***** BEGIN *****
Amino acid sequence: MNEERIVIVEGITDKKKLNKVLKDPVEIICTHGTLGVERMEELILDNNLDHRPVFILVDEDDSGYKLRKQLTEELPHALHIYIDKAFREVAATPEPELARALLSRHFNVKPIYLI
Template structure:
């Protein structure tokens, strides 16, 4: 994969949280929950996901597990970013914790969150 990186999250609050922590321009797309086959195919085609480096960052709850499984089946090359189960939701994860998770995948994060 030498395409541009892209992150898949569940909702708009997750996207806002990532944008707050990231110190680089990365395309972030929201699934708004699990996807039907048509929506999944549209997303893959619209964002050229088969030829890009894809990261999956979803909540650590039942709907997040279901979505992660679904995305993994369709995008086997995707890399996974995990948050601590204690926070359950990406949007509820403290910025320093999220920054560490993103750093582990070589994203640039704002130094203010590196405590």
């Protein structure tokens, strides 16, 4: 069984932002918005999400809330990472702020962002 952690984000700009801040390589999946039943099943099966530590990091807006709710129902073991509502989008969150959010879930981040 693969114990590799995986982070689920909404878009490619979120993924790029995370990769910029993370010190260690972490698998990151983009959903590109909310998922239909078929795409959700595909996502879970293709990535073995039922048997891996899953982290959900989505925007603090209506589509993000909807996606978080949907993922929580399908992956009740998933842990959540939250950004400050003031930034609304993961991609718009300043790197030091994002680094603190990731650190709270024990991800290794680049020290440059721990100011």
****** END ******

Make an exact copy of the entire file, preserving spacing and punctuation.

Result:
Amino acid sequence: MNEERIVIVEGITDKKKLNKVLKDPVEIICTHGTLGVERMEELILDNNLDHRPVFILVDEDDSGYKLRKQLTEELPHALHIYIDKAFREVAATPEPELARALLSRHFNVKPIYLI
Template structure:
């Protein structure tokens, strides 16, 4: 994969949280929950996901597990970013914790969150 990186999250609050922590321009797309086959195919085609480096960052709850499984089946090359189960939701994860998770995948994060 030498395409541009892209992150898949569940909702708009997750996207806002990532944008707050990231110190680089990365395309972030929201699934708004699990996807039907048509929506999944549209997303893959619209964002050229088969030829890009894809990261999956979803909540650590039942709907997040279901979505992660679904995305993994369709995008086997995707890399996974995990948050601590204690926070359950990406949007509820403290910025320093999220920054560490993103750093582990070589994203640039704002130094203010590196405590």
């Protein structure tokens, strides 16, 4: 069984932002918005999400809330990472702020962002 952690984000700009801040390589999946039943099943099966530590990091807006709710129902073991509502989008969150959010879930981040 693969114990590799995986982070689920909404878009490619979120993924790029995370990769910029993370010190260690972490698998990151983009959903590109909310998922239909078929795409959700595909996502879970293709990535073995039922048997891996899953982290959900989505925007603090209506589509993000909807996606978080949907993922929580399908992956009740998933842990959540939250950004400050003031930034609304993961991609718009300043790197030091994002680094603190990731650190709270024990991800290794680049020290440059721990100011």